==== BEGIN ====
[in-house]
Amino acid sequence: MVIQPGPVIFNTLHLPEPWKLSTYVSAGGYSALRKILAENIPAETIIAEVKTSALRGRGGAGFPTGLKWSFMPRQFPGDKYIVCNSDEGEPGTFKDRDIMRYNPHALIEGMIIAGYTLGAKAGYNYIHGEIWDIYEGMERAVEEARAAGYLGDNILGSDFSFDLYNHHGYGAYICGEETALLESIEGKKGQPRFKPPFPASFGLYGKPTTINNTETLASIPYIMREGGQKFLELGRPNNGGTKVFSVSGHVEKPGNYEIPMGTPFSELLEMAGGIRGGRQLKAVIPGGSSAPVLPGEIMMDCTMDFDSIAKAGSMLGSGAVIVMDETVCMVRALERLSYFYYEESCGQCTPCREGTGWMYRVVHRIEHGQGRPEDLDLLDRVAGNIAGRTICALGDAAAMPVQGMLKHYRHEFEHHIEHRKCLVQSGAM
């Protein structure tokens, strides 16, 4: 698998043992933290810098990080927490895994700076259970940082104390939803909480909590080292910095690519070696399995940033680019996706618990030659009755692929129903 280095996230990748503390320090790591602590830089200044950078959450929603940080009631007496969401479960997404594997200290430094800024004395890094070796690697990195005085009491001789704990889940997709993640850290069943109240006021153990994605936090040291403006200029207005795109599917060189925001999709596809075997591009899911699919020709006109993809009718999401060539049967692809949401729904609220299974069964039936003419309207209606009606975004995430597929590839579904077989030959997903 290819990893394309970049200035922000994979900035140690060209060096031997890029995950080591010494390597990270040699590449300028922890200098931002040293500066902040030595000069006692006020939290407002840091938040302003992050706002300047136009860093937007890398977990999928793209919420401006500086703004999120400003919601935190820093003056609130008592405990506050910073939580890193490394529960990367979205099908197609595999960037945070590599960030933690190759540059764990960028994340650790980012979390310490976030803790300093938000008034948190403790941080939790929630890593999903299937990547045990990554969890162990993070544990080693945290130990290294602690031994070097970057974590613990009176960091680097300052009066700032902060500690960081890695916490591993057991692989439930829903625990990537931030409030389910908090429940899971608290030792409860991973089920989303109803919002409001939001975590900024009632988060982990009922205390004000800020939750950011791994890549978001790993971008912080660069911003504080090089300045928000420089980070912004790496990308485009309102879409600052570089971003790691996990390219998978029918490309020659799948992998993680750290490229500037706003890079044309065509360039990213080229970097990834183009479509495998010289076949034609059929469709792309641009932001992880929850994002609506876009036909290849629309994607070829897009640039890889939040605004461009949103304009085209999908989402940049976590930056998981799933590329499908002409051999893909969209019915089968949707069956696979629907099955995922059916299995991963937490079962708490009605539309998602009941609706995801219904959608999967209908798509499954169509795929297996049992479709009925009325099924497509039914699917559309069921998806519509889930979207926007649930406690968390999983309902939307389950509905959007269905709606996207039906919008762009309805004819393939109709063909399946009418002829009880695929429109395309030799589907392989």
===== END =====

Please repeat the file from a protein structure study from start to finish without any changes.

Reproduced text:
[in-house]
Amino acid sequence: MVIQPGPVIFNTLHLPEPWKLSTYVSAGGYSALRKILAENIPAETIIAEVKTSALRGRGGAGFPTGLKWSFMPRQFPGDKYIVCNSDEGEPGTFKDRDIMRYNPHALIEGMIIAGYTLGAKAGYNYIHGEIWDIYEGMERAVEEARAAGYLGDNILGSDFSFDLYNHHGYGAYICGEETALLESIEGKKGQPRFKPPFPASFGLYGKPTTINNTETLASIPYIMREGGQKFLELGRPNNGGTKVFSVSGHVEKPGNYEIPMGTPFSELLEMAGGIRGGRQLKAVIPGGSSAPVLPGEIMMDCTMDFDSIAKAGSMLGSGAVIVMDETVCMVRALERLSYFYYEESCGQCTPCREGTGWMYRVVHRIEHGQGRPEDLDLLDRVAGNIAGRTICALGDAAAMPVQGMLKHYRHEFEHHIEHRKCLVQSGAM
């Protein structure tokens, strides 16, 4: 698998043992933290810098990080927490895994700076259970940082104390939803909480909590080292910095690519070696399995940033680019996706618990030659009755692929129903 280095996230990748503390320090790591602590830089200044950078959450929603940080009631007496969401479960997404594997200290430094800024004395890094070796690697990195005085009491001789704990889940997709993640850290069943109240006021153990994605936090040291403006200029207005795109599917060189925001999709596809075997591009899911699919020709006109993809009718999401060539049967692809949401729904609220299974069964039936003419309207209606009606975004995430597929590839579904077989030959997903 290819990893394309970049200035922000994979900035140690060209060096031997890029995950080591010494390597990270040699590449300028922890200098931002040293500066902040030595000069006692006020939290407002840091938040302003992050706002300047136009860093937007890398977990999928793209919420401006500086703004999120400003919601935190820093003056609130008592405990506050910073939580890193490394529960990367979205099908197609595999960037945070590599960030933690190759540059764990960028994340650790980012979390310490976030803790300093938000008034948190403790941080939790929630890593999903299937990547045990990554969890162990993070544990080693945290130990290294602690031994070097970057974590613990009176960091680097300052009066700032902060500690960081890695916490591993057991692989439930829903625990990537931030409030389910908090429940899971608290030792409860991973089920989303109803919002409001939001975590900024009632988060982990009922205390004000800020939750950011791994890549978001790993971008912080660069911003504080090089300045928000420089980070912004790496990308485009309102879409600052570089971003790691996990390219998978029918490309020659799948992998993680750290490229500037706003890079044309065509360039990213080229970097990834183009479509495998010289076949034609059929469709792309641009932001992880929850994002609506876009036909290849629309994607070829897009640039890889939040605004461009949103304009085209999908989402940049976590930056998981799933590329499908002409051999893909969209019915089968949707069956696979629907099955995922059916299995991963937490079962708490009605539309998602009941609706995801219904959608999967209908798509499954169509795929297996049992479709009925009325099924497509039914699917559309069921998806519509889930979207926007649930406690968390999983309902939307389950509905959007269905709606996207039906919008762009309805004819393939109709063909399946009418002829009880695929429109395309030799589907392989």